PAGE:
Tag Archives: Women in science

Gender Balance

Welcome to this special issue of EuroScientist focusing on Gender issues in research and academia. We have asked the views of Nobel Laureates, who have an interesting perspective on women in science. You will also discover a wealth of opinions describing what remains to be done to resolve gender issues. Not only do we discuss ways of resolving conscious and unconscious gender bias, but we also look at issues related to how gender perspective affects the nature of research itself. As for solutions, it appears that mentoring is one of the most helpful solution, beyond more interventionist approaches such as quota, which are controversial. Read more [...]
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Gender bias: a ladder made for men

Gender bias, whether conscious or unconscious affects women at each level of academia. In this exploratory piece, EuroScientist explore the factors driving such bias and looks for solutions to remedy them. Find out more by reading the view of experts from across Europe and decide for yourself about the type of interventions that have been implemented to fight gender bias. Read more [...]
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Progressive policies to improve the gender balance in scientific research

The Irish funding agency, Science Foundation Ireland, is at the forefront of progressive policies designed to improve gender balance in the research they fund. These policies have gradually been introduced to respond to a need to ensure that excellence--and not whether they are having children--is the only criteria determining womens' chance of being funded. In this opinion piece, SFI's Fiona Blighe explains how the various schemes in place work. Read more [...]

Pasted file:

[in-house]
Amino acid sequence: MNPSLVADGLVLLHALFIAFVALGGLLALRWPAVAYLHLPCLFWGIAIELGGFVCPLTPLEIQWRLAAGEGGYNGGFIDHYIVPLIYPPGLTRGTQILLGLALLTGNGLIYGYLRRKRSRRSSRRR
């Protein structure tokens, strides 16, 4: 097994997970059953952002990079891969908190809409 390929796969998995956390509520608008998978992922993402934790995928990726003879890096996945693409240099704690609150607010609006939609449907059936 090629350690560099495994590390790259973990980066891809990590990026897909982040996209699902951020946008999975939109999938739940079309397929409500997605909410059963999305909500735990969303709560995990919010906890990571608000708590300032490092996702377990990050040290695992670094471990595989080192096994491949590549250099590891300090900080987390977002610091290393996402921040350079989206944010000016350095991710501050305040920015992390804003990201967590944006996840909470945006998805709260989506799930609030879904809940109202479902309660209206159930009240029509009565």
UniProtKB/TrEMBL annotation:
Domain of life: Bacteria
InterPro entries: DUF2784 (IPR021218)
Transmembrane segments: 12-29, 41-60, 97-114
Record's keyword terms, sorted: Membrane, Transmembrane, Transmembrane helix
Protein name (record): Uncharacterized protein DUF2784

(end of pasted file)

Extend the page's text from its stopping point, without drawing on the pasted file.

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Inadequate childcare policies affect scientists’ careers

The inadequacy of childcare policies across Europe, means that scientists who do not wish to be away from their lab for too long are struggling to balance their life as parents and as researchers. There are still some significant decisions concerning harmonisation of such childcare provision to be made in Europe, while further policy support would be welcome. Read more [...]
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ESOF 2014 Special Issue – Print Edition

What can a conference like this one bring to you? Those among our readers who have a sweet tooth will agree that such events can be compared to the cherry on the cake of academic life. Once every two years, it is time to enjoy a stimulating flow of discussions. Participants are guaranteed to have fruitful encounters with other people from various horizons. They may not be like-minded but, at least, share similar concerns about European science, policy or science communication. This is what ESOF 2014 is about! Read more [...]
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Research funding gap: her excellence dwarfed by his excellence